A new OpenJDK-based offering will now be free and open source with contributions given back to the community as a result of news this week.
White PapersMore >>
- Real results: Speeding quality application delivery with DevOps [in financial services]
- 5 Reasons to Choose an Open Platform for Cloud
Microsoft Open Technologies will work with Java runtime scalability company Azul Systems to partner on a Windows distribution build of the community-driven open source Java implementation, known as OpenJDK, for Windows Server on the Windows Azure platform.
With this move Microsoft is essentially putting forward efforts to expand the number (and types) of workloads that are capable of running on its Windows Azure cloud platform.
Microsoft says that this relationship is "complementary" to the association it forged in June of this year with Oracle to bring Java, Oracle Database, and Oracle WebLogic Server onto Windows Server Hyper-V and Windows Azure.
As part of this partnership, Azul Systems will build, certify, and distribute a compliant OpenJDK-based distribution meeting the Java SE specification for use with Windows Server environments on Azure.
Scott Sellers, Azul Systems president and CEO, said, "This initiative is all about bringing Java to the masses in the cloud. We will be providing a fully open and unconstrained Java environment — with open choice of third-party stacks — for developers and essential applications deployed on Windows Azure."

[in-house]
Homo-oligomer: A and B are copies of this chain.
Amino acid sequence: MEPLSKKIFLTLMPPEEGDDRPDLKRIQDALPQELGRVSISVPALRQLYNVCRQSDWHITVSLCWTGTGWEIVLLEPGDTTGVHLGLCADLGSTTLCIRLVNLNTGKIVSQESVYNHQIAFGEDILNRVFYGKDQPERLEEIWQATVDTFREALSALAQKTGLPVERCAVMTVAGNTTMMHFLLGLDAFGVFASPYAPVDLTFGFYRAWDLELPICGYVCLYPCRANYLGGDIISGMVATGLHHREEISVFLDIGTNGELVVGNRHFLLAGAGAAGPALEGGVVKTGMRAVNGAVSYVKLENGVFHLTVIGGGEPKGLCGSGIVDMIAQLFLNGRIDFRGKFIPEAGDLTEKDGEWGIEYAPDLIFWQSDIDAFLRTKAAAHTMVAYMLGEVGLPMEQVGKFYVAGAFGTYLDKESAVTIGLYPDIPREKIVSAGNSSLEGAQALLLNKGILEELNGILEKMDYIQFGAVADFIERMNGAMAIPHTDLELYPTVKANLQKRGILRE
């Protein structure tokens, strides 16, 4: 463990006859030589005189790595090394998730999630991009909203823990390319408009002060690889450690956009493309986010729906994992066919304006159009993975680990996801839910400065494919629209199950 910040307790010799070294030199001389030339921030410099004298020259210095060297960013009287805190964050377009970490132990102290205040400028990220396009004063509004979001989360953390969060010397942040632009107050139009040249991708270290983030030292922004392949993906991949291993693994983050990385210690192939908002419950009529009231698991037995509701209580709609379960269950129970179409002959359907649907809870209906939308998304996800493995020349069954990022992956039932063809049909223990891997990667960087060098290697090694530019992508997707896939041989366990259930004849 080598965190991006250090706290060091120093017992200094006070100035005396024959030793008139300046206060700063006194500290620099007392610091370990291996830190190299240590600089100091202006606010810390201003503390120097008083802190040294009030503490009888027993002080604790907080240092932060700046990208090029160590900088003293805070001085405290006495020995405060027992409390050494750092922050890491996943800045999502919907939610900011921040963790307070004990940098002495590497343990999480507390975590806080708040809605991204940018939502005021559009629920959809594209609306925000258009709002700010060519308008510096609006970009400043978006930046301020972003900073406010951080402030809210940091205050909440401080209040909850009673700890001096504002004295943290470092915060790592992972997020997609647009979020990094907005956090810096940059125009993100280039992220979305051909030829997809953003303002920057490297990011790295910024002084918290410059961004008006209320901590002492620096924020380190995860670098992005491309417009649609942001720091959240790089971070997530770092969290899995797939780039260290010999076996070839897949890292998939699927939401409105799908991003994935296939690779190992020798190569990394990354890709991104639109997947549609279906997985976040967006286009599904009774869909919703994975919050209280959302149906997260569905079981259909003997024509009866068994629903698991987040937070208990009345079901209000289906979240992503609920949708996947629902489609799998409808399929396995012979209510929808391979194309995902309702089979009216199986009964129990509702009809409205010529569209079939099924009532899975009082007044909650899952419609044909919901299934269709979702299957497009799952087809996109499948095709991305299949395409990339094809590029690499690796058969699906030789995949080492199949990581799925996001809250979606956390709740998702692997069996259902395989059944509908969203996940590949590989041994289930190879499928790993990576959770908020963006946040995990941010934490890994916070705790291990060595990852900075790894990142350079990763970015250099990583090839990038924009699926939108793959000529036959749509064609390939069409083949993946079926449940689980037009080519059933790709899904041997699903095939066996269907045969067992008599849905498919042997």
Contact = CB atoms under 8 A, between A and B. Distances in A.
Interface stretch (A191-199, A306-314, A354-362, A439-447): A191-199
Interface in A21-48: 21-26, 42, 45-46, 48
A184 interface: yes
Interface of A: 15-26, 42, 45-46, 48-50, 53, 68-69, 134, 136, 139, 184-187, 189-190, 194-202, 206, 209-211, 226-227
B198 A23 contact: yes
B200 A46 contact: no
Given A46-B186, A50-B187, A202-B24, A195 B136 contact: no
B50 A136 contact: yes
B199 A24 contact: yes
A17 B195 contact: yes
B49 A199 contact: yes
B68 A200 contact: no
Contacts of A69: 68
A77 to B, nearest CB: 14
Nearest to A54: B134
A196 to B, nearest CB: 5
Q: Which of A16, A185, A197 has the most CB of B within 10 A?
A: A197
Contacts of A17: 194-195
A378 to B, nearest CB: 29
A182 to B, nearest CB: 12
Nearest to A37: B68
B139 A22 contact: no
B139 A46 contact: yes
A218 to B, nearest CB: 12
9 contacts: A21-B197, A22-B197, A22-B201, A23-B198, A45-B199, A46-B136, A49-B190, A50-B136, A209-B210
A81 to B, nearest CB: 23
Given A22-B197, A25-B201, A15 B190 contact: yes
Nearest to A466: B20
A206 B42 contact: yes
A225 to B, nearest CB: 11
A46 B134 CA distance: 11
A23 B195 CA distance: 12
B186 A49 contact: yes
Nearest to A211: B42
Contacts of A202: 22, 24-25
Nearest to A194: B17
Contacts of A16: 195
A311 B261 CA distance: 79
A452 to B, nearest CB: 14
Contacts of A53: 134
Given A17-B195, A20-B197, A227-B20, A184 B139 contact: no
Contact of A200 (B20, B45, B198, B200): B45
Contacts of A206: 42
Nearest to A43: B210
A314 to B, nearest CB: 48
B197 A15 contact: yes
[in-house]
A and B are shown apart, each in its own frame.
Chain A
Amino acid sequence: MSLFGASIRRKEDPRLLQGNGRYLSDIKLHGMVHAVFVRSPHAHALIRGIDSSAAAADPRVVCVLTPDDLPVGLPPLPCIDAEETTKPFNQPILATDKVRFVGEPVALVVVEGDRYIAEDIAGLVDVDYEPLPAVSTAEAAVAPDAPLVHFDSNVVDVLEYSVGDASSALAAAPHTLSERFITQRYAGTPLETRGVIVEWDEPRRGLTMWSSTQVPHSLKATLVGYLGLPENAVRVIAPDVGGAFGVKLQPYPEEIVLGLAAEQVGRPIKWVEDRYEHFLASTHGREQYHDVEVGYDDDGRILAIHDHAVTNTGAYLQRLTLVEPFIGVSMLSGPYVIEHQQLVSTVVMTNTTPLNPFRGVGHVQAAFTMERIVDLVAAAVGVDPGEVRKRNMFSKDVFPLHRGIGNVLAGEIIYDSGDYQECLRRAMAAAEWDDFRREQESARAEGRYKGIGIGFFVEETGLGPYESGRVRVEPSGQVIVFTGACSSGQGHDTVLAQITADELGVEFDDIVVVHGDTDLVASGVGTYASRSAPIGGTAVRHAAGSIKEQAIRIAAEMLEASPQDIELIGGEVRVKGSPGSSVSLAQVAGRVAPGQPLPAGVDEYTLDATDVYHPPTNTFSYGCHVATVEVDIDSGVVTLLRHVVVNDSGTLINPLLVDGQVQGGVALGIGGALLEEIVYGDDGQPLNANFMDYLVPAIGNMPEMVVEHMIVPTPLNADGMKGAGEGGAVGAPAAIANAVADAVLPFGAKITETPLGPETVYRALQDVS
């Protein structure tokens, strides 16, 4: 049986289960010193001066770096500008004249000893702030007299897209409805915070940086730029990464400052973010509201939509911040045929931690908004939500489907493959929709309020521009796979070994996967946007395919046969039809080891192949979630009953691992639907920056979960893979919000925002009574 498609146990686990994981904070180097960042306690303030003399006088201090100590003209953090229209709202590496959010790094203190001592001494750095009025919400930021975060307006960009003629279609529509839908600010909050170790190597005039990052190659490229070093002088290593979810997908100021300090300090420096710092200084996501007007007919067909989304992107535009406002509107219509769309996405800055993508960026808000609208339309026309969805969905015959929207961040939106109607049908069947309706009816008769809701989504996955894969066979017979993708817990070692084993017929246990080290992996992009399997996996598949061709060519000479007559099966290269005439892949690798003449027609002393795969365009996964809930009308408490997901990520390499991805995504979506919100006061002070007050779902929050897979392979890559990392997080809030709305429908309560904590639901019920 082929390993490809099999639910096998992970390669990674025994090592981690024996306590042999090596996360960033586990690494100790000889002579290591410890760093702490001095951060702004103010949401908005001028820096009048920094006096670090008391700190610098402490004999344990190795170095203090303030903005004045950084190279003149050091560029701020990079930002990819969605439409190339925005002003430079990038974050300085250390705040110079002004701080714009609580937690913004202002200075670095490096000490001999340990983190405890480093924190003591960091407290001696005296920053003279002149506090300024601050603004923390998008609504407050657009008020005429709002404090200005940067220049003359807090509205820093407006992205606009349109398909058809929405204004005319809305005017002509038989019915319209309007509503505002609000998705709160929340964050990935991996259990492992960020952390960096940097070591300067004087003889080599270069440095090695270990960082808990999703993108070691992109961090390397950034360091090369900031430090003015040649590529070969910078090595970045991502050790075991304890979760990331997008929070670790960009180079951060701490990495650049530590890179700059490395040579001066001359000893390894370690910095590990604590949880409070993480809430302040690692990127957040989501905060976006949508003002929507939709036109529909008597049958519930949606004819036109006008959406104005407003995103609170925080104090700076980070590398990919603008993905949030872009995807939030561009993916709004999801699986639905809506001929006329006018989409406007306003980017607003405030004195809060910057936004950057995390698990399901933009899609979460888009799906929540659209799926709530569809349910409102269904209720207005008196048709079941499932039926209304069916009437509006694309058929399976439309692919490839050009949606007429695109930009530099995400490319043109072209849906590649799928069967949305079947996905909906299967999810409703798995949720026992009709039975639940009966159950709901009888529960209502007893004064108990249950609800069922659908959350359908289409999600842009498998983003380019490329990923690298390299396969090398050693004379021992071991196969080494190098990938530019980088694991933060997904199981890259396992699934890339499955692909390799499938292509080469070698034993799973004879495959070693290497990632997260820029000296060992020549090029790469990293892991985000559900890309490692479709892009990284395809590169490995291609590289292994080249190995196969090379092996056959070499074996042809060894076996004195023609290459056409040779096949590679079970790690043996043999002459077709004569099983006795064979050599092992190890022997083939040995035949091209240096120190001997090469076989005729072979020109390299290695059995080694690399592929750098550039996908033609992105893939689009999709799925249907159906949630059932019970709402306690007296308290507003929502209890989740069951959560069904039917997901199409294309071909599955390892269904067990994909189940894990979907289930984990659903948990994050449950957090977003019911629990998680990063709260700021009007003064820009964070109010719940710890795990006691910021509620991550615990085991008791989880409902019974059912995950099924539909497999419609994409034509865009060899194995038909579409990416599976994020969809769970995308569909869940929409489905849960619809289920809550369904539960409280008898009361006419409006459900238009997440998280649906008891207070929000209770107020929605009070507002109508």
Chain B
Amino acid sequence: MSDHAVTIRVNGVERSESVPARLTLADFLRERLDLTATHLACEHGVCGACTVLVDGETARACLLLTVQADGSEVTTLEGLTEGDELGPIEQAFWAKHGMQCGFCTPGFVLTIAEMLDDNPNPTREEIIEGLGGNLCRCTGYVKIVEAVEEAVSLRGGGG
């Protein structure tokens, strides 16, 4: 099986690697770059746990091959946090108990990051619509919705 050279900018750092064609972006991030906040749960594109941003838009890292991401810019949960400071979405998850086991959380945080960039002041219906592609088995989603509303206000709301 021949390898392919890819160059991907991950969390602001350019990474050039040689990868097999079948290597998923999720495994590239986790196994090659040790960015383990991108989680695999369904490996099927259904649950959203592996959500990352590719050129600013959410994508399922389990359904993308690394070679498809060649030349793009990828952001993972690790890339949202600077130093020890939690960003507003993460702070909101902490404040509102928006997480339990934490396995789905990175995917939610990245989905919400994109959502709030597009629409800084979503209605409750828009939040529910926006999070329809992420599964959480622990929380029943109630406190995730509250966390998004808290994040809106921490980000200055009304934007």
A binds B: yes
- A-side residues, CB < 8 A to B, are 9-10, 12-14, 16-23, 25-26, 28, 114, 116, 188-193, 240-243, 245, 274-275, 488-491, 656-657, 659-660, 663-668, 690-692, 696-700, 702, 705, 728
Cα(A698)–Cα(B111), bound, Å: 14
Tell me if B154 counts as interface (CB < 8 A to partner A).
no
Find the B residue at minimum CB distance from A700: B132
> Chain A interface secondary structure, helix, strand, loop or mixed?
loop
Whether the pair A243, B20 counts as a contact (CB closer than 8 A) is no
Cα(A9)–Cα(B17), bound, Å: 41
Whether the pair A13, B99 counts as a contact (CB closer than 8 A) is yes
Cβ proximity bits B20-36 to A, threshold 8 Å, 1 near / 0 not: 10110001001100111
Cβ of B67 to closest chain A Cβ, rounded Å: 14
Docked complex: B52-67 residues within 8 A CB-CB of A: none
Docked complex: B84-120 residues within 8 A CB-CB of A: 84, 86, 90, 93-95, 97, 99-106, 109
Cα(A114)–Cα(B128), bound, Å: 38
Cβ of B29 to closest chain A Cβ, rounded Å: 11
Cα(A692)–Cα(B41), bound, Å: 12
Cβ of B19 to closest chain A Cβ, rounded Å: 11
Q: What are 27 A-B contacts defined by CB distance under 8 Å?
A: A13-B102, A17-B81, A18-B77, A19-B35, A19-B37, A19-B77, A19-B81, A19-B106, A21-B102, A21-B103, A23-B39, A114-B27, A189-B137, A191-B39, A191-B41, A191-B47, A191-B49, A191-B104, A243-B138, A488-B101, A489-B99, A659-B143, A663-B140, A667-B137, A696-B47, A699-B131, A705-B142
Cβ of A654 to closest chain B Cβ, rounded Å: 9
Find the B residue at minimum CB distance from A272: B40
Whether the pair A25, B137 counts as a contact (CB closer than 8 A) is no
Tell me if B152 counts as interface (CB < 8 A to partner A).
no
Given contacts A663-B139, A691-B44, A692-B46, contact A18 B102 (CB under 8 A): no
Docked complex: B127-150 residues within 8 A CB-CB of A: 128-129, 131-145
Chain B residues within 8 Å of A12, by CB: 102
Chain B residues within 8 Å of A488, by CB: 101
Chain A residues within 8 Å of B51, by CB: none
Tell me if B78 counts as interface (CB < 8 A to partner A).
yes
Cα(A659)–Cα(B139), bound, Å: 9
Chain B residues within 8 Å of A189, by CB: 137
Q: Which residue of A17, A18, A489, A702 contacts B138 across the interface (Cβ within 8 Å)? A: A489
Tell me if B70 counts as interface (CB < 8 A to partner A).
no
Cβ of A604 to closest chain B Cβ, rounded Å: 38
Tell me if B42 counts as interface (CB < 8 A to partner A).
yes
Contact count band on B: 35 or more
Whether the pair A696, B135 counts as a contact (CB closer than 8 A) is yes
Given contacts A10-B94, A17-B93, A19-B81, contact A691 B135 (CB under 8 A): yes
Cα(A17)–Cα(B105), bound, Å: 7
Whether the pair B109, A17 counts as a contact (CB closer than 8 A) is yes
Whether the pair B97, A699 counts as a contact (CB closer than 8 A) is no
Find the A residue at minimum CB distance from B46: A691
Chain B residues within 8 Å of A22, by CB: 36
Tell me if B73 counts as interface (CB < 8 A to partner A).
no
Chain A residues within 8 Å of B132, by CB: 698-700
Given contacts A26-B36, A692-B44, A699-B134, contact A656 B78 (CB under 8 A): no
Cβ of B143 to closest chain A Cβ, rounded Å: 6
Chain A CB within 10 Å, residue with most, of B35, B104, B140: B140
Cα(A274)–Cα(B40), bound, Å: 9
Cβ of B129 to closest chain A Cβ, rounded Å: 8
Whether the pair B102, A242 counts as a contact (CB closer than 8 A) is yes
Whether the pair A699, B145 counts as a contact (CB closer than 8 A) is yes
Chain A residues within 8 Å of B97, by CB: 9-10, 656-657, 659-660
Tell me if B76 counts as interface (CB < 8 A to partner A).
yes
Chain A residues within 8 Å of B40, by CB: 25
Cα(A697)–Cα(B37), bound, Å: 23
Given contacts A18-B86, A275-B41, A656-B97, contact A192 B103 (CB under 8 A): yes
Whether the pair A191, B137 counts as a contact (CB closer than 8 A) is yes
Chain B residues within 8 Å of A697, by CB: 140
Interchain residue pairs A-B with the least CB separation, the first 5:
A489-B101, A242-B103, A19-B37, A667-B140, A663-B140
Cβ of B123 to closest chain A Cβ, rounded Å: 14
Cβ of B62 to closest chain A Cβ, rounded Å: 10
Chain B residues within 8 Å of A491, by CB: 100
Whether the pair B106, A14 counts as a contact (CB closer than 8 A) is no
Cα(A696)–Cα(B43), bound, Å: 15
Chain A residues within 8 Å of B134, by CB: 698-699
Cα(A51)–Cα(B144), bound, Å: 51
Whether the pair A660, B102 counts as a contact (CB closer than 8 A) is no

Jean Paoli, president of MS Open Tech, said "Microsoft Open Technologies and our Azul Systems partner are motivated by a common goal to make the world of mixed IT environments work better together for customers. This partnership will enable developers and IT professionals to ensure their mission-critical apps deploy and run smoothly on Windows Azure, using the open source Java environment they prefer. With Azul Systems rich Java heritage and strong customer track record, partnering was a natural decision."
The new OpenJDK-based offering will be freely distributed and licensed under the GNU General Public License version 2 (GPLv2) with the Classpath Exception.
An arguably over-positive June 14 2013, Forrester Research report, titled: "The Forrester Wave: Enterprise Public Cloud Platforms, Q2 2013," states "Microsoft's strategy for Windows Azure is very strong for two reasons…creating a single platform spanning many clouds is achievable, valuable, and a natural act for Microsoft… Microsoft's openness to other platforms, languages, databases, development environments, and tools is genuine and virtually assures Windows Azure's relevance as technology evolves."